We argue in the book, and in an essay in the New York Times last week, that this has very serious ramifications for democracy. Alexis de Tocqueville, when he traveled in 1831 to our country, marveled at how good we were at the art of association. In France it would be done by the King. But in America they form a committee or they form an association to put on a play or to build a hospital or to start a library.
He marveled at how we could do it ourselves, and how we do not need authorities above us. This attitude is the secret of our successful experiment in democracy. In 1931, it was not at all clear that this experiment would work, but De Tocqueville was very optimistic.
Well, given that we are now preventing our kids from practicing for freedom until they’re 14 or 15, and even then we over-supervise them, we should expect that when they graduate from college and they have to deal with people who are different, and they have to solve some problem without appeal to authority, they are likely to be less skillful at it and more likely to call for the involvement of authority, such as law enforcement or attorneys who will sue for them. I think we are going to see that no matter how bad things are now, it might get a lot worse when the current generation is given the responsibility for guiding us.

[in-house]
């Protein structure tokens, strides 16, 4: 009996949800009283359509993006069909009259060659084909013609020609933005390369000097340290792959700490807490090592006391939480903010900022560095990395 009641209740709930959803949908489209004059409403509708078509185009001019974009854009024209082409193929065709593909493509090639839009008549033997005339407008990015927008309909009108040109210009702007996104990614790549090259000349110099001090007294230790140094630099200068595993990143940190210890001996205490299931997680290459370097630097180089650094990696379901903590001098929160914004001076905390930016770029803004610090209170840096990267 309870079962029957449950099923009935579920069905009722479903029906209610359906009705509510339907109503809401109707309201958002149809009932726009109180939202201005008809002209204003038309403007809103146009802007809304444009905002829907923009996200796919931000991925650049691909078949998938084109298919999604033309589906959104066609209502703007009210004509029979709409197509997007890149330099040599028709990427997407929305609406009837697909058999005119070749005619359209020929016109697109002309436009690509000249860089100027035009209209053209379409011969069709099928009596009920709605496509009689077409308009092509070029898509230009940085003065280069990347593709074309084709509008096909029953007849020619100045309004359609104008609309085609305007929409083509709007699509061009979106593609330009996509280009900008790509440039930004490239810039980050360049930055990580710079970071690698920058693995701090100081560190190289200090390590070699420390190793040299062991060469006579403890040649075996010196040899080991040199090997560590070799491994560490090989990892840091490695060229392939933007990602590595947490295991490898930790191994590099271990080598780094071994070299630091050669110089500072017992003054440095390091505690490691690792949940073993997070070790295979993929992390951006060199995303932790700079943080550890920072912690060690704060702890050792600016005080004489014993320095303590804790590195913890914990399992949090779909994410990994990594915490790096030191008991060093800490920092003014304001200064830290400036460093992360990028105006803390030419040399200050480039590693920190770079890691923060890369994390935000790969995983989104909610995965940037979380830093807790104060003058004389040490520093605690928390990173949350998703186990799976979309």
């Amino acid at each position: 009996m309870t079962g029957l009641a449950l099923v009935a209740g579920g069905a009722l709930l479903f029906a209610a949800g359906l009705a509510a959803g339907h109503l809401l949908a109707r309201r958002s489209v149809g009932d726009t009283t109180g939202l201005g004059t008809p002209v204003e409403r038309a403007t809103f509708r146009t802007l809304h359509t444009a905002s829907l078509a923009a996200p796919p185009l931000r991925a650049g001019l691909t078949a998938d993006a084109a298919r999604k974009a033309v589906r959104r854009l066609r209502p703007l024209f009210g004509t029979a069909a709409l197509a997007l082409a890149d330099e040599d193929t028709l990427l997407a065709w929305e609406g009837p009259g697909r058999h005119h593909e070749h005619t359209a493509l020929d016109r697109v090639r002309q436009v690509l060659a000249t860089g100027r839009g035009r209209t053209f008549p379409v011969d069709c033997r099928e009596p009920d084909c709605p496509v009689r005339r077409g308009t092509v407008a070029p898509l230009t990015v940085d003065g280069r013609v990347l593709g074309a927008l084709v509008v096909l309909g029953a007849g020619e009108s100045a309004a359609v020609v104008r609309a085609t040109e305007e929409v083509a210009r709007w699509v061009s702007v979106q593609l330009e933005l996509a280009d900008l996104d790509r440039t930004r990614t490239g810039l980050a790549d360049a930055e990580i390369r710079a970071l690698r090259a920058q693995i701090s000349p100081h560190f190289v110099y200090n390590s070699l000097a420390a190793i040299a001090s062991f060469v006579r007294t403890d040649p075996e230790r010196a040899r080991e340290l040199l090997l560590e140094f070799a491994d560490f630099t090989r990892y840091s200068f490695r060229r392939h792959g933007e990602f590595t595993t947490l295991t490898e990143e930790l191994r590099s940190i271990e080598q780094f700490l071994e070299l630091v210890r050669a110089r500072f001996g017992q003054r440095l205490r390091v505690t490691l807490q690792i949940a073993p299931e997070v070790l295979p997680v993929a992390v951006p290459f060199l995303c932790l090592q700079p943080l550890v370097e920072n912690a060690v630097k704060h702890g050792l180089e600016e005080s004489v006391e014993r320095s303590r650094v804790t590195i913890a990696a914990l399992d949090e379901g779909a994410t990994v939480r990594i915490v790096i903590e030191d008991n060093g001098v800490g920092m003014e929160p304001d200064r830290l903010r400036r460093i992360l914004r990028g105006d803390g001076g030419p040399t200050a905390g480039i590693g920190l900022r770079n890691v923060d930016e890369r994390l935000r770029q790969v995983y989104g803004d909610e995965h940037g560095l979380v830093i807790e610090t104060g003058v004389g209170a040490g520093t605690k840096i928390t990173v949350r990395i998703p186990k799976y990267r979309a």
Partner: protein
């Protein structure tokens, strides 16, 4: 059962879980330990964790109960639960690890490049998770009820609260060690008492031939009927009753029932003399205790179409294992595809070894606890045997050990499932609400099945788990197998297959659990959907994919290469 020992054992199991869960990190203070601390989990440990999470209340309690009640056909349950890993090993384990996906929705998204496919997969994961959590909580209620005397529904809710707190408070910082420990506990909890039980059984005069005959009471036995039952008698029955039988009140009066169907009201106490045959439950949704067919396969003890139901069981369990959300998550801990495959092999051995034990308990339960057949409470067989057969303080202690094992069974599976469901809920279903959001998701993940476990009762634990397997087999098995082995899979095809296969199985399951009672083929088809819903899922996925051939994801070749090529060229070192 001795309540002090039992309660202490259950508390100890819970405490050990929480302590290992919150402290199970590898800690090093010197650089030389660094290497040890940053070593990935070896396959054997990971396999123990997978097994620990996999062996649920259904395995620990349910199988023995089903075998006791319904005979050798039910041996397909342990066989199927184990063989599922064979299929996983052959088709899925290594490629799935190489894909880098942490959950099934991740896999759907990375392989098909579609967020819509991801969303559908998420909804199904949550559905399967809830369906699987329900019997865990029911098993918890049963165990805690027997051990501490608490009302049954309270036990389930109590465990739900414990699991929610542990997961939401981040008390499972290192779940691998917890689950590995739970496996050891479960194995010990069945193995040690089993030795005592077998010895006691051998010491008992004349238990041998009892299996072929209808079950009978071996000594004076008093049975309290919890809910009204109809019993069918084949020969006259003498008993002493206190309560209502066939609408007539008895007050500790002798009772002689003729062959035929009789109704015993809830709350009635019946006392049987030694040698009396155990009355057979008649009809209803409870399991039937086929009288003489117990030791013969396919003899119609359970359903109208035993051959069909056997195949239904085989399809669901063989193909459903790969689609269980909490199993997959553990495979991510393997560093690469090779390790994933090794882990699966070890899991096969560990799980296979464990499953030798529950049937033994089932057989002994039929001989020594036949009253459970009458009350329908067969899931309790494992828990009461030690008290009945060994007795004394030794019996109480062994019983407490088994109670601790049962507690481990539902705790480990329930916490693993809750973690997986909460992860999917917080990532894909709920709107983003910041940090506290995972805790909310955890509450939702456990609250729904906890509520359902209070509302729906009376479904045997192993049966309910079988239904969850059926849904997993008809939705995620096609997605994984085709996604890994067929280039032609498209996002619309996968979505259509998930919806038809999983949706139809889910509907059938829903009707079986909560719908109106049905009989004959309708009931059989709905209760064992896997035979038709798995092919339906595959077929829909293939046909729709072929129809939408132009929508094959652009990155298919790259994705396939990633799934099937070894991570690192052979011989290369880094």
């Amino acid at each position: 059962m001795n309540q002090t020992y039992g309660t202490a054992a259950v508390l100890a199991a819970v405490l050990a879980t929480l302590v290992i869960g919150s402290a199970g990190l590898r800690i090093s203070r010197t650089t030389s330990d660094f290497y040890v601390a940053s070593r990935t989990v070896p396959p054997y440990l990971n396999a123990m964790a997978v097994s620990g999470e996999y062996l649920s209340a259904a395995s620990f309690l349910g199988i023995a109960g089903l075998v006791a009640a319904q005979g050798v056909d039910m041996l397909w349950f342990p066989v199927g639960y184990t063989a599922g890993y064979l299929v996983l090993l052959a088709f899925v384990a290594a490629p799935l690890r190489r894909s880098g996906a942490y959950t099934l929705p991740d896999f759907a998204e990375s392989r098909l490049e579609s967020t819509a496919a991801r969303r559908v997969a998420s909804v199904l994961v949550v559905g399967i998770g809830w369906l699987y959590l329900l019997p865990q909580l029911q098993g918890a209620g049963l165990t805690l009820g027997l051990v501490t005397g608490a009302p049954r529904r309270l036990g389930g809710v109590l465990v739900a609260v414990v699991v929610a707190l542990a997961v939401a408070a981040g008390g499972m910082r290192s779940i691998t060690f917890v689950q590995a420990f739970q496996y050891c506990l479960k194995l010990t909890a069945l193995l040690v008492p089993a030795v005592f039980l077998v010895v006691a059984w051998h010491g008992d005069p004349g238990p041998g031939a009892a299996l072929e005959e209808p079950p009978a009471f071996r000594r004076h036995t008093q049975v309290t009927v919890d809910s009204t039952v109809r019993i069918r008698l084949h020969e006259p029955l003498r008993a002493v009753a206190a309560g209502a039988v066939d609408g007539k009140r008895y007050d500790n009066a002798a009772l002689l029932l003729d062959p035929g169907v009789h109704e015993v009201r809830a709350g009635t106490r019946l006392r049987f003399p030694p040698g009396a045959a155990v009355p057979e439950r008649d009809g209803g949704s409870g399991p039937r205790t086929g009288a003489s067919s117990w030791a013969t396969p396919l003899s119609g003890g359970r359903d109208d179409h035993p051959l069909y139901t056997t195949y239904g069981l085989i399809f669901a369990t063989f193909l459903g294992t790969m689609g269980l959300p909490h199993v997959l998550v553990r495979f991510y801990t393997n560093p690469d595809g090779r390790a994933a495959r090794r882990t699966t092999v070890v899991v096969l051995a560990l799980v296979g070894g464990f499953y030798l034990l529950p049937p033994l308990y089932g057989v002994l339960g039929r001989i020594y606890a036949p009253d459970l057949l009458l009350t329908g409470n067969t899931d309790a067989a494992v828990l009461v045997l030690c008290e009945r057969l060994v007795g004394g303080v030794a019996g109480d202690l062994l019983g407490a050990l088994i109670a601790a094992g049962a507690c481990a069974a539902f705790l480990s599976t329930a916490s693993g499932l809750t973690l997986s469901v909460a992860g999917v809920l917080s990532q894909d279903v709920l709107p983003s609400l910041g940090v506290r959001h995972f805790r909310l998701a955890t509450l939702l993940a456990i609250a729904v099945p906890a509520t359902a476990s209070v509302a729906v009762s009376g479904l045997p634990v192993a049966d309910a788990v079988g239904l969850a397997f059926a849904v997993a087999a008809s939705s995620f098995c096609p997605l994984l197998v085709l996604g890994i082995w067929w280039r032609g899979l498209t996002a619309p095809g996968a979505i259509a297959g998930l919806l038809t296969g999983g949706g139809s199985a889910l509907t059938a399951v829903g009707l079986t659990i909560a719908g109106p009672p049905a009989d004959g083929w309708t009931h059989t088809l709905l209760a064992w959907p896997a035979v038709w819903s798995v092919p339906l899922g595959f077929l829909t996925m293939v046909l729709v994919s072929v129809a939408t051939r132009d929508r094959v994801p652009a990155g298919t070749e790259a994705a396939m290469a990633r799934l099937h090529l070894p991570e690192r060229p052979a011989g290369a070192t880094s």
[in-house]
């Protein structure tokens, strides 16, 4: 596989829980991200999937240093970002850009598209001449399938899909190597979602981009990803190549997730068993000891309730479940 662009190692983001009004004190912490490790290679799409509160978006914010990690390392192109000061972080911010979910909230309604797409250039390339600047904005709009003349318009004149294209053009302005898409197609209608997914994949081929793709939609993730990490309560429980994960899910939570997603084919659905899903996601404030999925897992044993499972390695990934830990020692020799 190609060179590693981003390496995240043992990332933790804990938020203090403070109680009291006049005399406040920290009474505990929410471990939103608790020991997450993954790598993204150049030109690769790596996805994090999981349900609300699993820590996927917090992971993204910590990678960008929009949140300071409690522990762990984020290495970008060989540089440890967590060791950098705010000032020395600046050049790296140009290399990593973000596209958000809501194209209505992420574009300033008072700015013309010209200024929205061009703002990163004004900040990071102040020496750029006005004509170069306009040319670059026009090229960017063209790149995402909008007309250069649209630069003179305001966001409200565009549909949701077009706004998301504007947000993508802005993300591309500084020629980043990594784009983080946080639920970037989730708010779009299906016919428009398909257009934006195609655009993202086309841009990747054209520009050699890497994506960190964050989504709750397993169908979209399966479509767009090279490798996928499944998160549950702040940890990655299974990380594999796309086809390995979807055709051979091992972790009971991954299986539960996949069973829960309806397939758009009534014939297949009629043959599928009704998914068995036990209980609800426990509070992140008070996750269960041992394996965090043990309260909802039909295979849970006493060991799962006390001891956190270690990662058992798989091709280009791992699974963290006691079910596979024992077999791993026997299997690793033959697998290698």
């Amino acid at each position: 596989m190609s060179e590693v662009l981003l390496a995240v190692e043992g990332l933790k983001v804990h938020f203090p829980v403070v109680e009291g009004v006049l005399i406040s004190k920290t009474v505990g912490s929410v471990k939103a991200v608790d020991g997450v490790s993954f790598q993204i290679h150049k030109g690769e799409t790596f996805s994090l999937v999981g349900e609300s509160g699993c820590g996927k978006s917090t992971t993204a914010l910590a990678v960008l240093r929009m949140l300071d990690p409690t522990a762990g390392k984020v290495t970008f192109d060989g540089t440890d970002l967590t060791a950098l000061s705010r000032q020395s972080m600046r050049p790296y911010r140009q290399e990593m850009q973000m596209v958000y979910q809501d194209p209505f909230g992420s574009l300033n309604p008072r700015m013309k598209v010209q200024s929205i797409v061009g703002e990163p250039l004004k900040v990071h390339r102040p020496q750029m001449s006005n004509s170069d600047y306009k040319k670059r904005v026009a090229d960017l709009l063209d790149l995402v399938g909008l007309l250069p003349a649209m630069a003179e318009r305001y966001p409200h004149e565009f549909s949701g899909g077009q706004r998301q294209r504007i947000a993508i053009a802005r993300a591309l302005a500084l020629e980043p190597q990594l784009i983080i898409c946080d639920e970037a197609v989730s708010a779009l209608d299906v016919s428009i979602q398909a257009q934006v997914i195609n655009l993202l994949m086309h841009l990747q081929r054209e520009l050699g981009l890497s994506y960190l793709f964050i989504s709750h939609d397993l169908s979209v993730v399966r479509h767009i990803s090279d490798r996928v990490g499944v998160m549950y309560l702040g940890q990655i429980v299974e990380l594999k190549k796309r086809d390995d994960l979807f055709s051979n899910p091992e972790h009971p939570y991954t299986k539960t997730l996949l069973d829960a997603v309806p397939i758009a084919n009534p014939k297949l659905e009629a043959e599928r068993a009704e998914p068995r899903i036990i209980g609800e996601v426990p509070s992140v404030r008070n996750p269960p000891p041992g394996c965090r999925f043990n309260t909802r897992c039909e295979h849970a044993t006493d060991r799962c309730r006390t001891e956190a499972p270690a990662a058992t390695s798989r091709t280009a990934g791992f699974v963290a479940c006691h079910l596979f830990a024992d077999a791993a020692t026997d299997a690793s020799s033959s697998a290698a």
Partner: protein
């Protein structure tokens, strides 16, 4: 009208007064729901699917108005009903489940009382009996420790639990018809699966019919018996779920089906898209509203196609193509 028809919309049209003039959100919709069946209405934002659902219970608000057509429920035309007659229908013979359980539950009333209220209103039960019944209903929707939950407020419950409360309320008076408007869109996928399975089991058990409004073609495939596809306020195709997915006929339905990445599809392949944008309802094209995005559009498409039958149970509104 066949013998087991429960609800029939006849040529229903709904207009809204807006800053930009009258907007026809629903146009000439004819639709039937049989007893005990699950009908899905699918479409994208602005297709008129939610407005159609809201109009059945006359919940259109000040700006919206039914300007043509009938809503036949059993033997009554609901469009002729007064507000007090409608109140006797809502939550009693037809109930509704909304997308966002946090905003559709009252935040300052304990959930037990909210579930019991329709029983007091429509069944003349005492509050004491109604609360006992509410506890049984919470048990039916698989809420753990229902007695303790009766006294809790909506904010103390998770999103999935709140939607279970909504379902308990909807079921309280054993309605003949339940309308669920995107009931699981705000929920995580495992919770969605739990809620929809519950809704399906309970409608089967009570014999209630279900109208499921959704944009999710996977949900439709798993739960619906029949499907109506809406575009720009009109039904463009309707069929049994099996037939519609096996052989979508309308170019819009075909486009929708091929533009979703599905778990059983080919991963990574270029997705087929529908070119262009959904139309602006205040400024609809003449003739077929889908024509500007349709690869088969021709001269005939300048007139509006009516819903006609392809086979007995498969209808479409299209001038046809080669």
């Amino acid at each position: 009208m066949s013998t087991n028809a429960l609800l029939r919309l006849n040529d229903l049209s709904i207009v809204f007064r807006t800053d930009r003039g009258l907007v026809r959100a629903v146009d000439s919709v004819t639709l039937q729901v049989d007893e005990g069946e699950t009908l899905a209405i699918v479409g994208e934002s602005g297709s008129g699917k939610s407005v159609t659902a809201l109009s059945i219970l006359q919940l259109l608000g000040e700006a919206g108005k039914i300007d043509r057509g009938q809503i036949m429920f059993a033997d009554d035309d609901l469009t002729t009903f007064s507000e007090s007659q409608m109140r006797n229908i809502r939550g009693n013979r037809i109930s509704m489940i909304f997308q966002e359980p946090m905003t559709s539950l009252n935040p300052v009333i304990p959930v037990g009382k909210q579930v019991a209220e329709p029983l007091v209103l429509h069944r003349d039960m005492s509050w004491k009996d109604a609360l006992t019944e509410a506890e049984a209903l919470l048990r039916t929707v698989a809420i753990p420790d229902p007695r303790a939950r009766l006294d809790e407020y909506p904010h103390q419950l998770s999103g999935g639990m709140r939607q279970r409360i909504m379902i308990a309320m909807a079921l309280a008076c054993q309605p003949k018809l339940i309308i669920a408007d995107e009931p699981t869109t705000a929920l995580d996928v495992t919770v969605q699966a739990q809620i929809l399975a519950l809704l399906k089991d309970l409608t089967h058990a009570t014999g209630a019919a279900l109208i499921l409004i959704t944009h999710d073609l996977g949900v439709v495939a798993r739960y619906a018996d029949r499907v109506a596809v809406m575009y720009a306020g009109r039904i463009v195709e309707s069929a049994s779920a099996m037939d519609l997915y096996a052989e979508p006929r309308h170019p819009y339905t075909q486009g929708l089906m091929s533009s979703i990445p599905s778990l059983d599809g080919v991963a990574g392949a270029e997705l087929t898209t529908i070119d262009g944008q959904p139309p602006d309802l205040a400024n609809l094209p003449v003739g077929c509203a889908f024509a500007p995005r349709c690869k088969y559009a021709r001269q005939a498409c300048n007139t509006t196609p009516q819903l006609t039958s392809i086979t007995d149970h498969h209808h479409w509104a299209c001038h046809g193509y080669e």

An “Inability to Cope with Freedom”
Bob Zadek: In an interview that I heard you participate in, you said that students have to be taught to cope with freedom — to cope with liberty. It is not just a piece of cake. We have learned that when repressive societies have democracy imposed upon them too quickly, they don’t adjust and they don’t like it. We have learned that in communist countries, when communism is replaced by a more open society, many of the older members of society yearned for the good old days. They simply were unable to cope with the responsibilities, both for themselves and for their society at large. So when you use that phrase, it struck me as being the core of what we are talking about. So explain the need to learn how to cope with freedom.